“The whole country now has been deputized — they’re essentially law enforcement without being sworn in,” Eugene O’Donnell, a professor at John Jay College of Criminal Justice in New York and a former New York City police officer and prosecutor, said in an interview.

The readiness of authorities to mobilize the public’s help in finding the culprits was “unprecedented and probably forms the model going forward for high-profile cases,” O’Donnell said. “For like-minded people who might be planning violent activities, this is not good for them. There’s nowhere to run, there’s nowhere to hide.” …

A bombing victim helped authorities narrow down the sought- after images from hours of video: Jeff Bauman saw a man who dropped a bag that exploded minutes later, and his description delivered from a hospital bed helped investigators, according to his brother, Chris Bauman. …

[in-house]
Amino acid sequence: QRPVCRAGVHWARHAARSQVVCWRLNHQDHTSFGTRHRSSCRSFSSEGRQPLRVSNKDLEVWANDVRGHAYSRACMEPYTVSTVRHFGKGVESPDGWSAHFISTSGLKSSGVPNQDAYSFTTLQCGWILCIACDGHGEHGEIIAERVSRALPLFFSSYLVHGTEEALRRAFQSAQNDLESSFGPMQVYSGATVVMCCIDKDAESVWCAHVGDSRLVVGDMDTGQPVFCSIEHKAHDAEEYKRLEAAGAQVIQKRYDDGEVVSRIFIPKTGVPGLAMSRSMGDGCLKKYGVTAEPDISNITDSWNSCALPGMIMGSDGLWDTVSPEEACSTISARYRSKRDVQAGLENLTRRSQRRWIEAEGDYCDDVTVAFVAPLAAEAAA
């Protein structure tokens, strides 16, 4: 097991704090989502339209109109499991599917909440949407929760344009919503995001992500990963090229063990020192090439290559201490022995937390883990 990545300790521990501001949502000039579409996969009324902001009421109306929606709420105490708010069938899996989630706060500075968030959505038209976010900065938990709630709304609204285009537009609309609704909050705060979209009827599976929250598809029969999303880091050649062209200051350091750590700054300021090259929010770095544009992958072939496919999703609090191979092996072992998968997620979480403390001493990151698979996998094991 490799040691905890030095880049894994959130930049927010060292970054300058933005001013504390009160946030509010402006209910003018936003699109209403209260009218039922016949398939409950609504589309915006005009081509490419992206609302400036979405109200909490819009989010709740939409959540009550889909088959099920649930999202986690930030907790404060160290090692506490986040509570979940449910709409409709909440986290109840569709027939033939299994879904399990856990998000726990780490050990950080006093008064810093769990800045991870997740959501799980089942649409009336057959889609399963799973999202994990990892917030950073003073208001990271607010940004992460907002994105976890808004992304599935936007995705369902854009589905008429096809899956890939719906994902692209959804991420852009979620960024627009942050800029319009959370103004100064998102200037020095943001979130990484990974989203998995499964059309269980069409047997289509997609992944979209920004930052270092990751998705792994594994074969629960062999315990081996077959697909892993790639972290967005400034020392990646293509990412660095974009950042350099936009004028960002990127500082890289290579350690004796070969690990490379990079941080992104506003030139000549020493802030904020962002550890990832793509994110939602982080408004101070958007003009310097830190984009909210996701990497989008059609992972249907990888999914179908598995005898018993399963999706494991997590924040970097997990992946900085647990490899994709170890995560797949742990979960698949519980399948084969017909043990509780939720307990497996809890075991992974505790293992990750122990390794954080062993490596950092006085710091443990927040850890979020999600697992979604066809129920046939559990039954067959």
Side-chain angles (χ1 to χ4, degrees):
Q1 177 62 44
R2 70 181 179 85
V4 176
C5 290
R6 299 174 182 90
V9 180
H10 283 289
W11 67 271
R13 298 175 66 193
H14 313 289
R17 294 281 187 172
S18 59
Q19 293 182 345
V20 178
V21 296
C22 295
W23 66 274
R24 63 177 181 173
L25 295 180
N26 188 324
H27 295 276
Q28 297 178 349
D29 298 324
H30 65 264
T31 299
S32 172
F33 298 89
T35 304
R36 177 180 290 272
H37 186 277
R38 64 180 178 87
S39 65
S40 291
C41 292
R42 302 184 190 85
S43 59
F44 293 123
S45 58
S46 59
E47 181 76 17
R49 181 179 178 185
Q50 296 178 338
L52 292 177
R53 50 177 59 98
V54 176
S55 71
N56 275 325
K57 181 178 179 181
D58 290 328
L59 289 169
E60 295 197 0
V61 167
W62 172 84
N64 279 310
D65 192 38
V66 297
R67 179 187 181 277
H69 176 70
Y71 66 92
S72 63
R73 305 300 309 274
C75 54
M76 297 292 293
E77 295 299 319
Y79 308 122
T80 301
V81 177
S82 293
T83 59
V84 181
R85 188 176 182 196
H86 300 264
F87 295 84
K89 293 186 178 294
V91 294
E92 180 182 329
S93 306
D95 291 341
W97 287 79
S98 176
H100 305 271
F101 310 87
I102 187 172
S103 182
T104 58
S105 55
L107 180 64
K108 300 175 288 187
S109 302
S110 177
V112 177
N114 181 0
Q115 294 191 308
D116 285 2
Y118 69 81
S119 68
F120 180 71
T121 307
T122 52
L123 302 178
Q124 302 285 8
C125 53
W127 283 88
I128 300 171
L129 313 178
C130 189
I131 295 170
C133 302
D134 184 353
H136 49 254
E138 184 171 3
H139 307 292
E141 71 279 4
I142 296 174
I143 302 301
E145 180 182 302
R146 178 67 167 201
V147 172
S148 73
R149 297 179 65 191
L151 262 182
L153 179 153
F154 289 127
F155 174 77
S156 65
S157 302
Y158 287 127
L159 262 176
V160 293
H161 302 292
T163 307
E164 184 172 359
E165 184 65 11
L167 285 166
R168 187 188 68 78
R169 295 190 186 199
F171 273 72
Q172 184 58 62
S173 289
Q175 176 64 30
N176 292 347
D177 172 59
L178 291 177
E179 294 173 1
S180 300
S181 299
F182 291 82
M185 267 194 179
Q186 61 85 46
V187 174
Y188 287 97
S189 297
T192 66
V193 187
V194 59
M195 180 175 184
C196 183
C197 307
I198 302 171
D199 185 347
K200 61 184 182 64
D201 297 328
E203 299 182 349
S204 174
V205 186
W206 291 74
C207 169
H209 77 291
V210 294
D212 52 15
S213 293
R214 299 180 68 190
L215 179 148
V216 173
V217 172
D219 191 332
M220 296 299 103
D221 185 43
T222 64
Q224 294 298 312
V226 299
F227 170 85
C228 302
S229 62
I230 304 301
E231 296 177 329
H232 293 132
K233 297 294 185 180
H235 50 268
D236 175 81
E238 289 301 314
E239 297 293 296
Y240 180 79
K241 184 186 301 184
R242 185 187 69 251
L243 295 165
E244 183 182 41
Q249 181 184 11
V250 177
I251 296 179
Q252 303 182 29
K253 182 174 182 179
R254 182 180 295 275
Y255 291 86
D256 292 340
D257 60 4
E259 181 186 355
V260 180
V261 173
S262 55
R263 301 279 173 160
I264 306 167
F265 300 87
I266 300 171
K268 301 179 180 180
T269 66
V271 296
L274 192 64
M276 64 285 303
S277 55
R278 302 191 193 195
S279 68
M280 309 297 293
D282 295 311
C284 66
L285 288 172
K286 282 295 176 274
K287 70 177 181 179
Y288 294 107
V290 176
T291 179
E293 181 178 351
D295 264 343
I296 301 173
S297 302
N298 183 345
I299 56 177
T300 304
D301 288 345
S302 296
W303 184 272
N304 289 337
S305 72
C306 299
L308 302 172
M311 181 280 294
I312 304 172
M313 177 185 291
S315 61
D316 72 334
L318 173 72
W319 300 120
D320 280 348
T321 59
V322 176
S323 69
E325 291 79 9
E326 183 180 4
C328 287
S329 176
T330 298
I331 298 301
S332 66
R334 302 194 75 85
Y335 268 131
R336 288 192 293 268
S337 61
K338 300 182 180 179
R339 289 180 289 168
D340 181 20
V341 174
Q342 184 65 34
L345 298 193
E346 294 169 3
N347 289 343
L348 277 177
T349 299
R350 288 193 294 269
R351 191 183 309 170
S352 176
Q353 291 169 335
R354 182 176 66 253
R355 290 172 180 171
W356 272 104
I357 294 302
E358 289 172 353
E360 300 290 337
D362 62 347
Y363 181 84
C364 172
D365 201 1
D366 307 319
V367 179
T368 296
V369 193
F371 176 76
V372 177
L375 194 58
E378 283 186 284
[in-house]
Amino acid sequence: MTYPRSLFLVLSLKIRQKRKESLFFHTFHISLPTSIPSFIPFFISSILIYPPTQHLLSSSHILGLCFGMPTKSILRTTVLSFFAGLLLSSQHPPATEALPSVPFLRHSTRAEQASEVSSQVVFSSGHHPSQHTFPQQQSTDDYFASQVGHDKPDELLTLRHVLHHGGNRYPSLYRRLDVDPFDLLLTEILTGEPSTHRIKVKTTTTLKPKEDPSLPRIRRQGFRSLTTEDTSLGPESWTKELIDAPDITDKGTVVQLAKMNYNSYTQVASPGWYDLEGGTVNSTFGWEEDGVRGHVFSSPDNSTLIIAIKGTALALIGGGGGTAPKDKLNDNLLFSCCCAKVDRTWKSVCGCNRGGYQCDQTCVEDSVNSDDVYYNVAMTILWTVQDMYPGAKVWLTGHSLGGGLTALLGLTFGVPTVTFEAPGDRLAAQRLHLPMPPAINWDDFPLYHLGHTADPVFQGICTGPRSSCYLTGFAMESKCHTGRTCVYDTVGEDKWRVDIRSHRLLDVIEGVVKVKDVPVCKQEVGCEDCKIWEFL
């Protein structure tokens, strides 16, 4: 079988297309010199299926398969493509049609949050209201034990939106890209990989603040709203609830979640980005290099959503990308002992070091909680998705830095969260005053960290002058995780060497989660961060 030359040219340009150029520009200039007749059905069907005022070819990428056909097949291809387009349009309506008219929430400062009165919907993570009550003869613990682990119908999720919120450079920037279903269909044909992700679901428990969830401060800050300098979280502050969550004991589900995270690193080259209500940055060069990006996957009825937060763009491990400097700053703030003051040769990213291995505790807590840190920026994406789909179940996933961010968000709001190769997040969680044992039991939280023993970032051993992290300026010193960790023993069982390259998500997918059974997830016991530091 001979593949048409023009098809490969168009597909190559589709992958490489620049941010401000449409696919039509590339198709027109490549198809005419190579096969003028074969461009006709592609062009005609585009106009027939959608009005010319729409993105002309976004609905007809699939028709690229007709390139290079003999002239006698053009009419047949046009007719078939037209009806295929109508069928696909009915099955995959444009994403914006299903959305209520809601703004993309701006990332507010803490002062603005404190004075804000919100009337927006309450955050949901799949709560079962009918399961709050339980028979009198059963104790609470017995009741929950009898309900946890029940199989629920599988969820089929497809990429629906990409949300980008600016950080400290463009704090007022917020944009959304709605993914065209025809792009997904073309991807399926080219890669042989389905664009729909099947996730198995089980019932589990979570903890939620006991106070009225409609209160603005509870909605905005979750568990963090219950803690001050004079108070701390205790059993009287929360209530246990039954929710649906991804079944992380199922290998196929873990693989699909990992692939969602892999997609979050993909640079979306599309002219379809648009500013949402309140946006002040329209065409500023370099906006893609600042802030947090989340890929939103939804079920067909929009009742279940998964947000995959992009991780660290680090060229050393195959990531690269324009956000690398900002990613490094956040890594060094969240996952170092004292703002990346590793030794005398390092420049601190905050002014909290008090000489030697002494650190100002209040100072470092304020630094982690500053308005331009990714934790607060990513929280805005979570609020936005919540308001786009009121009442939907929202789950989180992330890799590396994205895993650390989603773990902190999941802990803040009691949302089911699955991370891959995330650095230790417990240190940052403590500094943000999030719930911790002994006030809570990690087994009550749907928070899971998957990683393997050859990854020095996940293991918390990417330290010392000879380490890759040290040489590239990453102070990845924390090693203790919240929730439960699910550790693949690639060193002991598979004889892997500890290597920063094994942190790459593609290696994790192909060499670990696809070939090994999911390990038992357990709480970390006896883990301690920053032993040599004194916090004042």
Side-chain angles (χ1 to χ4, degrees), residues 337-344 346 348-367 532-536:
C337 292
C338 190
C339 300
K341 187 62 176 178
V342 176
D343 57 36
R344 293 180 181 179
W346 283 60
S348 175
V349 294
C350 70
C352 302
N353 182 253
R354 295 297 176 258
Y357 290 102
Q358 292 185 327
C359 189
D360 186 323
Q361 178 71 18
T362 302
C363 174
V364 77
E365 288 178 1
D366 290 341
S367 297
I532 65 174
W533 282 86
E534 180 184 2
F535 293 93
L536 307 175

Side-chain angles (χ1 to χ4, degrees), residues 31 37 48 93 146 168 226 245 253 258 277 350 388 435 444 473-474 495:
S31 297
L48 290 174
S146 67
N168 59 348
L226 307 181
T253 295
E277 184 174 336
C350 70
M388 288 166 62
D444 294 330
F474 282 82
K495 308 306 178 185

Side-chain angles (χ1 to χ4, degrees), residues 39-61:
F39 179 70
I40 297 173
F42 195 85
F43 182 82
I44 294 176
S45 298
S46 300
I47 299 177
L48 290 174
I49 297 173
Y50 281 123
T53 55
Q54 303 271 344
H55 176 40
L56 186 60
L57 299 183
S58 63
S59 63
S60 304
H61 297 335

“What the Internet has done is take the idea of the wanted poster in the post office and elevated it exponentially,” Robert Thompson, a professor of television and popular culture at Syracuse University in Syracuse, New York, said in an interview. “It’s one thing to canvass a neighborhood. The Internet allows that canvassing to reach such a wider range.”